Crossrail has announced it is entering a “crucial” development phase as it doubles the number of test trains.
The process involves “simulating a timetabled service” on the railway by running eight trains through its central tunnels.
The project was initially due to be completed in December 2018 but has been delayed and is over budget.
It is not expected to open until the first half of 2022, when it will be known as the Elizabeth line.
The line will run from Berkshire to Essex via central London.
Crossrail Ltd chief executive Mark Wild said: “This is an incredibly important milestone for Crossrail to reach and puts us firmly on the journey to unlocking trial running next year.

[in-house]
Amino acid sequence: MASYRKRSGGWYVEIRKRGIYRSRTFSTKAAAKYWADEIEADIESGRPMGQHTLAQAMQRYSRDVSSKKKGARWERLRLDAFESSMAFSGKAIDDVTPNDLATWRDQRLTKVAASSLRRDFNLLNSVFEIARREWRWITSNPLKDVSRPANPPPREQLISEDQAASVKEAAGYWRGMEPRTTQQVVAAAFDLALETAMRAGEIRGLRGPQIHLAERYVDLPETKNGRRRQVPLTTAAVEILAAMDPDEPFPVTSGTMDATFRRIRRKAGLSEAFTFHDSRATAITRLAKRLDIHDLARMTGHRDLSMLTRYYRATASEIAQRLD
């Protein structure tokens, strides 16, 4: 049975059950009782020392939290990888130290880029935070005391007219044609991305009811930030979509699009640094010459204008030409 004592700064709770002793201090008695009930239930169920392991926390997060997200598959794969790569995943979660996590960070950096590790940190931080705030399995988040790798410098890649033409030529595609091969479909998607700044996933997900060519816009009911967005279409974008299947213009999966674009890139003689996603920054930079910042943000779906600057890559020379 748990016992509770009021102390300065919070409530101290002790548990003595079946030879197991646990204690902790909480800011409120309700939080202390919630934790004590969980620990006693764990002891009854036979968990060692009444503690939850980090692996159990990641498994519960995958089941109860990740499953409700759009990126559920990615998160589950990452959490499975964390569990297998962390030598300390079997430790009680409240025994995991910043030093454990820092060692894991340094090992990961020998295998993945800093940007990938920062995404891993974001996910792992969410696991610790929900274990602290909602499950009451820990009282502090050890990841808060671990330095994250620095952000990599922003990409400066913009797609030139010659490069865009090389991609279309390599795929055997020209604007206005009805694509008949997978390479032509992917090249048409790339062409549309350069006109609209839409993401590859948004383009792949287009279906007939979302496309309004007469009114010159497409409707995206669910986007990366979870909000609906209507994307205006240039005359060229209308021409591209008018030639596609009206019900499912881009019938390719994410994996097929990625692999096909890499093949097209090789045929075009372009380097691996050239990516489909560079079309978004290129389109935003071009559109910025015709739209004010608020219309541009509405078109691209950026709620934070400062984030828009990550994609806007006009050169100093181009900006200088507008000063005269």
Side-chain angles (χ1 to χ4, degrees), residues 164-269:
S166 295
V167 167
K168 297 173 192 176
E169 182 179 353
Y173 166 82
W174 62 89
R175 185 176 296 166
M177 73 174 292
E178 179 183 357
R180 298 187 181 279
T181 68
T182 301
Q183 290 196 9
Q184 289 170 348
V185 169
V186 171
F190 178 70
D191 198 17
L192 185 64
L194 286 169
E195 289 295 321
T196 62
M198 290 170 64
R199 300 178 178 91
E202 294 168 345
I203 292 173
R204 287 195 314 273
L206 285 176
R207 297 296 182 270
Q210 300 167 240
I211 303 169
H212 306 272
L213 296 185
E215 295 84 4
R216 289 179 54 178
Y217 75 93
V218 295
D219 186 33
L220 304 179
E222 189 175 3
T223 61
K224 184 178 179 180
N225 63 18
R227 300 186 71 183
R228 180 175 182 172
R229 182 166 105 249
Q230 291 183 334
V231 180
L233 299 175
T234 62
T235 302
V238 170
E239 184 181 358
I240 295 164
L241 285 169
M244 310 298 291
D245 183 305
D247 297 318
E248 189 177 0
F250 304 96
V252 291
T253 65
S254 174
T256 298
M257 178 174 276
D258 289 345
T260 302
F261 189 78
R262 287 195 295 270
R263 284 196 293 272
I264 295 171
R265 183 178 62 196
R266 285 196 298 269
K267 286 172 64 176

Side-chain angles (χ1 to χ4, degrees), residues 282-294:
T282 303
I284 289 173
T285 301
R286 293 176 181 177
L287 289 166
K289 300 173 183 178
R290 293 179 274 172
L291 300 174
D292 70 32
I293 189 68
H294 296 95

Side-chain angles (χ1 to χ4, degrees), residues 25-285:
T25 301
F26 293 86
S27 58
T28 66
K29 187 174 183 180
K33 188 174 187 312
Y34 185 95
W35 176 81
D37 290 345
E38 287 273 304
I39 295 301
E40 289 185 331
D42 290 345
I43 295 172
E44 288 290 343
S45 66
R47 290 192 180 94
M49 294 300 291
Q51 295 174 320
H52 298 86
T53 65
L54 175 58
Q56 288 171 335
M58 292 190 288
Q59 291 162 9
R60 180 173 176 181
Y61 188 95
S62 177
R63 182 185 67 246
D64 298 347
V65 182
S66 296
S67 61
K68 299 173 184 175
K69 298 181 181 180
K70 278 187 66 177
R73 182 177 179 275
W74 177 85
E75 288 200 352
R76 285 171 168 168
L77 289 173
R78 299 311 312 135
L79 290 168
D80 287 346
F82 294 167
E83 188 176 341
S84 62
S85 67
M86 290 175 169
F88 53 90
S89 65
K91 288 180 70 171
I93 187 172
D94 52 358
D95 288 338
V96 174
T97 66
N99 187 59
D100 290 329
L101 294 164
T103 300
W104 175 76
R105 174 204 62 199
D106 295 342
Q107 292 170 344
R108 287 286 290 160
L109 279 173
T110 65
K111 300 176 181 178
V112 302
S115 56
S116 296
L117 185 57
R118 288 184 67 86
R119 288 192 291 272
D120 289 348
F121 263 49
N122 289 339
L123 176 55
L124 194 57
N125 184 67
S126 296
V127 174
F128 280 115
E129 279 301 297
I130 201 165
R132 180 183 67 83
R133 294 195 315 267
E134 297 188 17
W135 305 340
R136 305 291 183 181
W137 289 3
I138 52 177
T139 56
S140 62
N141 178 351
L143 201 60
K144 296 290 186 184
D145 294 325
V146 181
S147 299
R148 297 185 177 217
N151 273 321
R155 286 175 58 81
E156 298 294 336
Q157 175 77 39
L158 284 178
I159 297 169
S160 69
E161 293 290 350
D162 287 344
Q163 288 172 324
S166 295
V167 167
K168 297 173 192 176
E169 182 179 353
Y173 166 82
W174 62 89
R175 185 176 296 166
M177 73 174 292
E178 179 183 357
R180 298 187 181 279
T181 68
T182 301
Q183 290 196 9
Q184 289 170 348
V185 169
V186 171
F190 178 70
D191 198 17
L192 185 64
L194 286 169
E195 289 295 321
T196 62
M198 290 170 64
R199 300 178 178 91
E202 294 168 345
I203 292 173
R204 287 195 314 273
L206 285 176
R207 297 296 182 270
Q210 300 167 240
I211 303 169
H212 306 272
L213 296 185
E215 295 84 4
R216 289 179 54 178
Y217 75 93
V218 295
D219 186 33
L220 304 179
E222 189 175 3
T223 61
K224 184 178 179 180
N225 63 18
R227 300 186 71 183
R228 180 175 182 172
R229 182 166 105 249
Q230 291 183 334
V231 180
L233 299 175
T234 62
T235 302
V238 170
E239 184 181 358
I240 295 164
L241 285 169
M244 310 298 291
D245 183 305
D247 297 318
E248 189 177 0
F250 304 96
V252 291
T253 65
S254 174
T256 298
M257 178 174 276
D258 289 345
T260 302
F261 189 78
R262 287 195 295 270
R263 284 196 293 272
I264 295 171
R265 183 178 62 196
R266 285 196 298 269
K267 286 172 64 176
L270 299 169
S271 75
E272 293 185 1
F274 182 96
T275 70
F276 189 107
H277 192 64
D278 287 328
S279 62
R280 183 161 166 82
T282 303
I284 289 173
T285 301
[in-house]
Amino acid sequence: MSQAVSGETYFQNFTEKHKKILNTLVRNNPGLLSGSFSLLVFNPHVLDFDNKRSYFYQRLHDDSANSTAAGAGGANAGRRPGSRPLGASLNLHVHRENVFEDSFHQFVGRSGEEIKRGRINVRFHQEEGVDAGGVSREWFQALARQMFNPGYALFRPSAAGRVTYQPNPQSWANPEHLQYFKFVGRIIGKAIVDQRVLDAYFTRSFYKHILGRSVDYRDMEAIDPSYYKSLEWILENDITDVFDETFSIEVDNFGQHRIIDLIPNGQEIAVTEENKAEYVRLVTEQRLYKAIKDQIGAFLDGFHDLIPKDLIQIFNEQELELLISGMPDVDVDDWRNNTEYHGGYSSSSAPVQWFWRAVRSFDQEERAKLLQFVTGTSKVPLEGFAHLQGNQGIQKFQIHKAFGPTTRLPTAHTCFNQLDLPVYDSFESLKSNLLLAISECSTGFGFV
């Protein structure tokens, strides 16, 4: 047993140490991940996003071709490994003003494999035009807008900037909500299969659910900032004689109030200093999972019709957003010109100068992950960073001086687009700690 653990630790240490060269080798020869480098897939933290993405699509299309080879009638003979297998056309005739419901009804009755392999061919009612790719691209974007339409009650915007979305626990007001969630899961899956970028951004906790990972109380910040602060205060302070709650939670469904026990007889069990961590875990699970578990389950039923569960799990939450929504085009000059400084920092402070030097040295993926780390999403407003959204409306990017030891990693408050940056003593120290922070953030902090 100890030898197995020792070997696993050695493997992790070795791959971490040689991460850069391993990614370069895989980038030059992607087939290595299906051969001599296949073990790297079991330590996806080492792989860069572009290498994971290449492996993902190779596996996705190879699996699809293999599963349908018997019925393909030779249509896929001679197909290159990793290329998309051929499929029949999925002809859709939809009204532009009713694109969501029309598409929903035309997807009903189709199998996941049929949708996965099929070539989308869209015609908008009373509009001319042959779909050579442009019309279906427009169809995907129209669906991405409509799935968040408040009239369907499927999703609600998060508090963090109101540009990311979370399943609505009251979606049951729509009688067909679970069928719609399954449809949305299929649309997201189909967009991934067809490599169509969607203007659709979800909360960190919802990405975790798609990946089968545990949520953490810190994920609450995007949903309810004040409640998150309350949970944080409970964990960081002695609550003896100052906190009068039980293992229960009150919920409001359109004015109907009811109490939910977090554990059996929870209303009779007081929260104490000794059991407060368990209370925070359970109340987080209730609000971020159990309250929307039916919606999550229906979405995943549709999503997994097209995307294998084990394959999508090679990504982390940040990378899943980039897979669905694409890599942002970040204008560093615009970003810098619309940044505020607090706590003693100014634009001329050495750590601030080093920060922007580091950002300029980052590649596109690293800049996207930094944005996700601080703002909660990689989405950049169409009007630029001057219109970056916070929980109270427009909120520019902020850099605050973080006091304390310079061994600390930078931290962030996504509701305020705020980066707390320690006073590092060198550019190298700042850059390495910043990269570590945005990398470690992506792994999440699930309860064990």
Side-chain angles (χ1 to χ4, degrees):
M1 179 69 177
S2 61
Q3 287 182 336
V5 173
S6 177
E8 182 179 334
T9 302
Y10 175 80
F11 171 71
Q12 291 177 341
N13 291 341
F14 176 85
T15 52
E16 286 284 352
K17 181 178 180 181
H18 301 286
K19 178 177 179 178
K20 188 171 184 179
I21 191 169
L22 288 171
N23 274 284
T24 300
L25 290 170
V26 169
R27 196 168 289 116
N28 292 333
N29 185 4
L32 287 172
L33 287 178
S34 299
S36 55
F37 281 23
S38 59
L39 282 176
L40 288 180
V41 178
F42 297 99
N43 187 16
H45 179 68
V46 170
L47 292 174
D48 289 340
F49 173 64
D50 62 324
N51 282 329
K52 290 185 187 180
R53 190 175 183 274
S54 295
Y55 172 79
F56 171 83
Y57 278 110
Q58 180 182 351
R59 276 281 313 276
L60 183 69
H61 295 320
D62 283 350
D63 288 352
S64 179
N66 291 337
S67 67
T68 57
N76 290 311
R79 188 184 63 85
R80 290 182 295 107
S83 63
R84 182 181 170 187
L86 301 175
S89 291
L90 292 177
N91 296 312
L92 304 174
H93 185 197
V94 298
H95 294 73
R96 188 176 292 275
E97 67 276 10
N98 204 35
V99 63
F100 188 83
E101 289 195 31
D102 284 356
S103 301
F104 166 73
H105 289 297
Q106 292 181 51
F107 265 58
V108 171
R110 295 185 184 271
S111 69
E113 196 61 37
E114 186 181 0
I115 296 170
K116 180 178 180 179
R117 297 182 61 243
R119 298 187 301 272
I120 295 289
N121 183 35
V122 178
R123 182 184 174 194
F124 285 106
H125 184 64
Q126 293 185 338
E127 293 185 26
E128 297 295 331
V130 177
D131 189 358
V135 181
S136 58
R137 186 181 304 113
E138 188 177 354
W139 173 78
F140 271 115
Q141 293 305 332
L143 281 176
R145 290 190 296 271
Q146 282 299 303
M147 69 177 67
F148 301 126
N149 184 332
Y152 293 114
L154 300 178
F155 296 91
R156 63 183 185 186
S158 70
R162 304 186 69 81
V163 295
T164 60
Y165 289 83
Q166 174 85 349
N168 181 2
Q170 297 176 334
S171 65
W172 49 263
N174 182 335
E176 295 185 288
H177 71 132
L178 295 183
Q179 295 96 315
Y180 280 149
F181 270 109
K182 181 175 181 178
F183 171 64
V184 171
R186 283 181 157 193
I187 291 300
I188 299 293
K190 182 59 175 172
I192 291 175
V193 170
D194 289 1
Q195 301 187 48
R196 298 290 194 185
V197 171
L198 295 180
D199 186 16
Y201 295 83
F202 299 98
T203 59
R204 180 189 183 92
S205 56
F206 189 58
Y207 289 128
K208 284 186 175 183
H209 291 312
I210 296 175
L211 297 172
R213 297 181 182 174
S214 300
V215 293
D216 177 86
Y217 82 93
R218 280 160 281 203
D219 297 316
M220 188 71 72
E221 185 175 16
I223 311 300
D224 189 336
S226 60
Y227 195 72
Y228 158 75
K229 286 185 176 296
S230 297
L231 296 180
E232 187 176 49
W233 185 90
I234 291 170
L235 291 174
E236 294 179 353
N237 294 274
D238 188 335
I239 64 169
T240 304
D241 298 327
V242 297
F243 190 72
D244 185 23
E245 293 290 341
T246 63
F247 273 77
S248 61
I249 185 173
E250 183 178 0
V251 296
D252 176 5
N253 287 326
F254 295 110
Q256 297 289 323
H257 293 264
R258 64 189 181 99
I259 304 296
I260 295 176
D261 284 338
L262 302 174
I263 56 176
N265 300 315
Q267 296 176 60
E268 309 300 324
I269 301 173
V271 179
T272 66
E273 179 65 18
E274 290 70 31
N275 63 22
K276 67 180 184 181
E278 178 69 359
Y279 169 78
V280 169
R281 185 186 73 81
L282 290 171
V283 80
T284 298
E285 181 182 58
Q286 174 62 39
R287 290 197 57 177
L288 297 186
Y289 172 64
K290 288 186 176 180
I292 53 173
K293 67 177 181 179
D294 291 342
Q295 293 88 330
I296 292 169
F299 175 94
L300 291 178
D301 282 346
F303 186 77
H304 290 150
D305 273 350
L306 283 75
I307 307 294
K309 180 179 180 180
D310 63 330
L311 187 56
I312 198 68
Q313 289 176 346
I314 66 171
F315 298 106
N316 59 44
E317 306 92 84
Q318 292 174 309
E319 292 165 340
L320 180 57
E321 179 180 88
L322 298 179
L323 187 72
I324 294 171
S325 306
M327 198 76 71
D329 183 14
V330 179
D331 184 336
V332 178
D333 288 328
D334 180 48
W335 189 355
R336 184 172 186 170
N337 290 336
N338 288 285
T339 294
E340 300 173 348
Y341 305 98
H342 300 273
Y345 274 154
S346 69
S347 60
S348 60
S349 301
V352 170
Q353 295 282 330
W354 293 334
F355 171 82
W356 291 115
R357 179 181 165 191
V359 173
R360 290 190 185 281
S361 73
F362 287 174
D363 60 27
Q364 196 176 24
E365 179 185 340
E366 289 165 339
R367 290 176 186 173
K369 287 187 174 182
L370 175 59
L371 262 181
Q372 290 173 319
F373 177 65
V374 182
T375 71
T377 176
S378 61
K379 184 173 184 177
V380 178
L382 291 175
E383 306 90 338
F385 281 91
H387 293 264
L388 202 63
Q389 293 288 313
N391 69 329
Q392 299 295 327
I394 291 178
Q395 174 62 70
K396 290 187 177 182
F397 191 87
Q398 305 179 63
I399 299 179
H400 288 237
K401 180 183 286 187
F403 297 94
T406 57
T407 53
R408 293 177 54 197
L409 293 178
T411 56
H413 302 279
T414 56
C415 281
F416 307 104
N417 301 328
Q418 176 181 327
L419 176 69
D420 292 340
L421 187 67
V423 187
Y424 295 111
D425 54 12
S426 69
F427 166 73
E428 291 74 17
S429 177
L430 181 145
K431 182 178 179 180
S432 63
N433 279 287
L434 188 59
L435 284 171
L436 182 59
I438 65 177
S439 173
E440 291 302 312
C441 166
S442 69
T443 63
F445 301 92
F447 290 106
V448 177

“We are doing everything possible to deliver the Elizabeth line as safely and as quickly as we can, and we know that Londoners are relying on the capacity and connectivity the Elizabeth line will bring.
“This milestone also marks the incorporation of our Romford control room colleagues into the testing process, another sign that we are moving ever closer to our final goal of an operational railway.”
Crossrail Ltd described delivery of the scheme as being “in its complex final stages”, with “good progress” made on completing infrastructure work.
The project was given £825 million more Government funding earlier this month.
Its budget was set at £15.9 billion in 2007 but it is now expected to cost around £18 billion.